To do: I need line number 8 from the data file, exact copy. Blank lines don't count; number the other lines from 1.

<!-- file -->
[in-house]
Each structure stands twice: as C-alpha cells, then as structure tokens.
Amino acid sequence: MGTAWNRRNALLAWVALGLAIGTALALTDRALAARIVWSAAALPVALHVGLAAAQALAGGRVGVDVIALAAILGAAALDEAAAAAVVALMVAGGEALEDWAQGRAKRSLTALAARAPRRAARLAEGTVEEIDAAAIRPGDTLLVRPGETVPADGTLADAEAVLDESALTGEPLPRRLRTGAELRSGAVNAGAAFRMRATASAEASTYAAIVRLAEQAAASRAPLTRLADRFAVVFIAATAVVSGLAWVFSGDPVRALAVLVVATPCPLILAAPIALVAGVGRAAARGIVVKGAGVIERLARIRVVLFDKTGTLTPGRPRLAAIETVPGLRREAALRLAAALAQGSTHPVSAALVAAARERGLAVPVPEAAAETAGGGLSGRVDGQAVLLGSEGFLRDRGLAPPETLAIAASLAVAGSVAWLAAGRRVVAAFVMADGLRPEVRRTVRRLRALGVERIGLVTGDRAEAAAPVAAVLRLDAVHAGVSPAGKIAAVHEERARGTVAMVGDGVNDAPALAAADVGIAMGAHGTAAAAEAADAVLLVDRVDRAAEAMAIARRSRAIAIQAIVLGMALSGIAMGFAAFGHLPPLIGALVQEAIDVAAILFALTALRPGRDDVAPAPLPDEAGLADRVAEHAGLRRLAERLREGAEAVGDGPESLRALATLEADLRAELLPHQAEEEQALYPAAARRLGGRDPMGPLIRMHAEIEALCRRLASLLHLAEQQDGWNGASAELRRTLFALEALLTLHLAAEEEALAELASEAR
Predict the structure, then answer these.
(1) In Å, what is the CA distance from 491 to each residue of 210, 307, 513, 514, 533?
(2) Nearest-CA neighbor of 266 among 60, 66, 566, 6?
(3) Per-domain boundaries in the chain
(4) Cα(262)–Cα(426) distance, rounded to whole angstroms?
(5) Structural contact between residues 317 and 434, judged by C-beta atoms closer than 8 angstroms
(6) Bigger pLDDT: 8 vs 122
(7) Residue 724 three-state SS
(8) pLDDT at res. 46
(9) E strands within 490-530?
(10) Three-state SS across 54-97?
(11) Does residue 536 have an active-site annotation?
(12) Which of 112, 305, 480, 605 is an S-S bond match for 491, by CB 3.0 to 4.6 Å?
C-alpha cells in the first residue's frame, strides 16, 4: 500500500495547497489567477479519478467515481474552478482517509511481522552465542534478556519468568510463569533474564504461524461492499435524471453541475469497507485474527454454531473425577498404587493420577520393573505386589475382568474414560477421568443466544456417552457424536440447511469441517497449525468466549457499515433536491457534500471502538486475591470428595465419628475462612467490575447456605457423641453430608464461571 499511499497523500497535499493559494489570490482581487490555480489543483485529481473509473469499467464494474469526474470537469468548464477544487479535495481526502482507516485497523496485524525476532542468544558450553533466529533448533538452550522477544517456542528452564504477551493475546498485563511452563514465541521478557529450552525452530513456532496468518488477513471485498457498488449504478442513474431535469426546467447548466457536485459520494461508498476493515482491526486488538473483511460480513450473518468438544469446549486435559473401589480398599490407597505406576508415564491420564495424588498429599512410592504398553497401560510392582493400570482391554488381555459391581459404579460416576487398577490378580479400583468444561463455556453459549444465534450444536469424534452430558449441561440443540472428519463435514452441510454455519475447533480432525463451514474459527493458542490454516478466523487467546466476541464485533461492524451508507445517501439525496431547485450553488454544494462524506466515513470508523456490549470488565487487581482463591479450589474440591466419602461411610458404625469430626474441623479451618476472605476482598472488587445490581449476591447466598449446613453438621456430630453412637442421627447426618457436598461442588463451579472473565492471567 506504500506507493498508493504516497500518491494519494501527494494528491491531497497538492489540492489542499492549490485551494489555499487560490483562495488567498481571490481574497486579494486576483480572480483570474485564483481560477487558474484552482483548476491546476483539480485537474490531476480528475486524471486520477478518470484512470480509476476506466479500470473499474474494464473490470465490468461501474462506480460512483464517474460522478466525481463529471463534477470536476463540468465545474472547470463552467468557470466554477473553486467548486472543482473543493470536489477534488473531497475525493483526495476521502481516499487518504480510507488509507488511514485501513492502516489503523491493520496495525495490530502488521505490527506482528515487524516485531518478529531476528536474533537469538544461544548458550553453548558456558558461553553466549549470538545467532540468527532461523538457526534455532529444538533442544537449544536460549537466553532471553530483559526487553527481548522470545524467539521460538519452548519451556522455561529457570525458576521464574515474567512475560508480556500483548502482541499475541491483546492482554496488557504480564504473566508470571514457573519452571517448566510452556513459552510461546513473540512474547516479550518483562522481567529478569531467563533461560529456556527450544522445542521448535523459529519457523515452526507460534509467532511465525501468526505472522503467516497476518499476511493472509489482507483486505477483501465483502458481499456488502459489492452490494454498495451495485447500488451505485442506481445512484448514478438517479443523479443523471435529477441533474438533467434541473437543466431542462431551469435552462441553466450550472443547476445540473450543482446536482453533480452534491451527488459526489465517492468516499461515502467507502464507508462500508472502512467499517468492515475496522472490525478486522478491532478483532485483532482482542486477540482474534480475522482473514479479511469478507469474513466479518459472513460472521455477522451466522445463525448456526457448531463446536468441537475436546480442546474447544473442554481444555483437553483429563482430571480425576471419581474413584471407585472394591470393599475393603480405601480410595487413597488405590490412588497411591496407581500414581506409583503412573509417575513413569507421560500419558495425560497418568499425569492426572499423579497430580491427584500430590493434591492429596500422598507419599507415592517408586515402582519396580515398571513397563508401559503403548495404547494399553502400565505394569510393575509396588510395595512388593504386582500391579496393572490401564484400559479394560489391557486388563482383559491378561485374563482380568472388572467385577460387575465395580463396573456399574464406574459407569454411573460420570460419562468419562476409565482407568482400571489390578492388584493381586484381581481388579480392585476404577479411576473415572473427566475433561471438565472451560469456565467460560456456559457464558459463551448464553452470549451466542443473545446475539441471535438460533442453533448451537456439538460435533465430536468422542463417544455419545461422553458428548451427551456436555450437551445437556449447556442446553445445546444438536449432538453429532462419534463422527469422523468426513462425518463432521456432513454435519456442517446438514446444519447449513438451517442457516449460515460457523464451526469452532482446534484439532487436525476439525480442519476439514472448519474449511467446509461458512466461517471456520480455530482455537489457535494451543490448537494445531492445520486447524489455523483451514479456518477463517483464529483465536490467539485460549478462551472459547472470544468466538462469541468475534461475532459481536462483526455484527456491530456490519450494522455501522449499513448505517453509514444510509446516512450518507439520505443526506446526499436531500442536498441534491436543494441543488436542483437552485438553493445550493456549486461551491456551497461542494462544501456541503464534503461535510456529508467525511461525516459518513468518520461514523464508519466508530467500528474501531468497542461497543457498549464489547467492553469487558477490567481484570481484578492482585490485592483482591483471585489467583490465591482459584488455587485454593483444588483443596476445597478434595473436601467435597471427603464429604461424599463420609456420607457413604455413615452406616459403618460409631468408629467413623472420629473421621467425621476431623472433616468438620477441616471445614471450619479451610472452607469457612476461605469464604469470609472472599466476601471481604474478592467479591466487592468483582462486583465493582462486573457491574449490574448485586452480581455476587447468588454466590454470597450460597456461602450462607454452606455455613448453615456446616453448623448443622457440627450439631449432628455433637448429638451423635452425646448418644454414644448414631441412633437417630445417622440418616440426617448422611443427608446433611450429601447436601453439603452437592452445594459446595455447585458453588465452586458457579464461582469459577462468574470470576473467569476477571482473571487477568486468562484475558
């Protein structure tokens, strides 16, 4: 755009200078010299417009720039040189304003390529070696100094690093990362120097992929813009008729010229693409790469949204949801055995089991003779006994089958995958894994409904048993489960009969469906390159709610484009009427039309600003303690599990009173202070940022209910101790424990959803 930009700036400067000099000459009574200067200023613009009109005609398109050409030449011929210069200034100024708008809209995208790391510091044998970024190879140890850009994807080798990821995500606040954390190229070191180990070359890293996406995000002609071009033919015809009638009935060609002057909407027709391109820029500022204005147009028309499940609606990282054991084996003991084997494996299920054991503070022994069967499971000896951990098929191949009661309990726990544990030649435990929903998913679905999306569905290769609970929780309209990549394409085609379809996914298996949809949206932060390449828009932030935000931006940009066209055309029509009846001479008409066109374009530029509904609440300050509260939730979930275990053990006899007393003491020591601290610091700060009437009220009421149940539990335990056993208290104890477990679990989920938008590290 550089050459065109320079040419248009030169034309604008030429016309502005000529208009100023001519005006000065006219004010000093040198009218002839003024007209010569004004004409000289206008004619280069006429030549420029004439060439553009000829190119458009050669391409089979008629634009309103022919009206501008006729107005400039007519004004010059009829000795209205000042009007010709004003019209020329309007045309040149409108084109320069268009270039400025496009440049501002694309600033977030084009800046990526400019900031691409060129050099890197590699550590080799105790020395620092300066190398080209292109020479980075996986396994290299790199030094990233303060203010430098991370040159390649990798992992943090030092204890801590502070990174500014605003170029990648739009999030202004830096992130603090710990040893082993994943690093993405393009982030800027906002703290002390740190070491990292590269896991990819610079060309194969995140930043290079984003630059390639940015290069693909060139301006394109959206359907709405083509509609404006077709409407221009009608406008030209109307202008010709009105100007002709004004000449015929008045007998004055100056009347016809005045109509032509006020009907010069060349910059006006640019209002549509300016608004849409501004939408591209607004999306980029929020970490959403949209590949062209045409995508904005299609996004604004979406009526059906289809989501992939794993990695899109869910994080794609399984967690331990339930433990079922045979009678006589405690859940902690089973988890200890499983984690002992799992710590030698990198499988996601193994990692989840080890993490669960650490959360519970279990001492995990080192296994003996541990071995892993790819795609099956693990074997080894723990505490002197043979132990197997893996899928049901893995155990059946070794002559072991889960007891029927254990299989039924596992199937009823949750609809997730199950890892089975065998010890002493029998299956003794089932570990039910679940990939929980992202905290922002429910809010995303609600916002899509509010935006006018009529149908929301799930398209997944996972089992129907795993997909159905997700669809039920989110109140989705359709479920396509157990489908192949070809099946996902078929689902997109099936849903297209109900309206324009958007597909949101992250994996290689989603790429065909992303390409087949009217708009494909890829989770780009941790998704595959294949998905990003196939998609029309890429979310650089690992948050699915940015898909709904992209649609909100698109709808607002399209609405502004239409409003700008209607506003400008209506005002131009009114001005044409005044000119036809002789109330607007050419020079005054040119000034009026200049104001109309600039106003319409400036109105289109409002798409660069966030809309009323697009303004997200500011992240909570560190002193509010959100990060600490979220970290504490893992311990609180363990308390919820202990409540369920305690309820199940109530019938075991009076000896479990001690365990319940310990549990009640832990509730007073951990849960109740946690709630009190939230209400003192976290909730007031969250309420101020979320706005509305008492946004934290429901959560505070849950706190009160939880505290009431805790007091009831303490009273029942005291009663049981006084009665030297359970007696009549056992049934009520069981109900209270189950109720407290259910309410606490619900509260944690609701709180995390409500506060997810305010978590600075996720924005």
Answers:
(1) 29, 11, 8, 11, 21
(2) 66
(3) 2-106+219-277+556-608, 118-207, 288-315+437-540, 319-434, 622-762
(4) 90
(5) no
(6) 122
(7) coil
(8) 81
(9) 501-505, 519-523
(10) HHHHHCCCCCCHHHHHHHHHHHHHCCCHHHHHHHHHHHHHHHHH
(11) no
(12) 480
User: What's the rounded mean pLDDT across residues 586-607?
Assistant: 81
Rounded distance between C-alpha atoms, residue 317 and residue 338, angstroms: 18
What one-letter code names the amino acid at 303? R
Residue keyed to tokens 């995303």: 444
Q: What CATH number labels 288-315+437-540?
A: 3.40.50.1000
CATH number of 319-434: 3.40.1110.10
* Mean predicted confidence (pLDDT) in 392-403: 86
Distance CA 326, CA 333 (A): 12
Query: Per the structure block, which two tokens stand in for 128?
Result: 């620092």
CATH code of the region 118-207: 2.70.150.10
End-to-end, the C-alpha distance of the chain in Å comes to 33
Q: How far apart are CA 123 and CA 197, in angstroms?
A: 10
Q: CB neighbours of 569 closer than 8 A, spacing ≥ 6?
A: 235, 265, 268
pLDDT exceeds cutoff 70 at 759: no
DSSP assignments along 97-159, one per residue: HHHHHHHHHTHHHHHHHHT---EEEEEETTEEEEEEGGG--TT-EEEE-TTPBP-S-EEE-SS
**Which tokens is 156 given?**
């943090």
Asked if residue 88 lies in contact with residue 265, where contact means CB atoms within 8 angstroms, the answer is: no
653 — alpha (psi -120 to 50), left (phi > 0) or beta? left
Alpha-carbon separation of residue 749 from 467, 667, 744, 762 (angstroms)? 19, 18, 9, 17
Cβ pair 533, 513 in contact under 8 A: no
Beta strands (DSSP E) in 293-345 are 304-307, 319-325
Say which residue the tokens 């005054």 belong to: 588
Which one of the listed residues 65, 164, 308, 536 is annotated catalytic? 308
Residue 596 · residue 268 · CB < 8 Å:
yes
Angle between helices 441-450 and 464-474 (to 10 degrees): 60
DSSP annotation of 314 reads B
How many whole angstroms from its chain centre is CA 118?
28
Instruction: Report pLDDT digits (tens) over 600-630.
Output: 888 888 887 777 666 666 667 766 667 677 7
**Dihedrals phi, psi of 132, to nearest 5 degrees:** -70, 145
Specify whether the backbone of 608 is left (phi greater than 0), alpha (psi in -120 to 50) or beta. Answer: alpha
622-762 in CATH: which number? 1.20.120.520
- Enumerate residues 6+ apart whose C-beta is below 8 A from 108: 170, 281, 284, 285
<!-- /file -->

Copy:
(4) Cα(262)–Cα(426) distance, rounded to whole angstroms?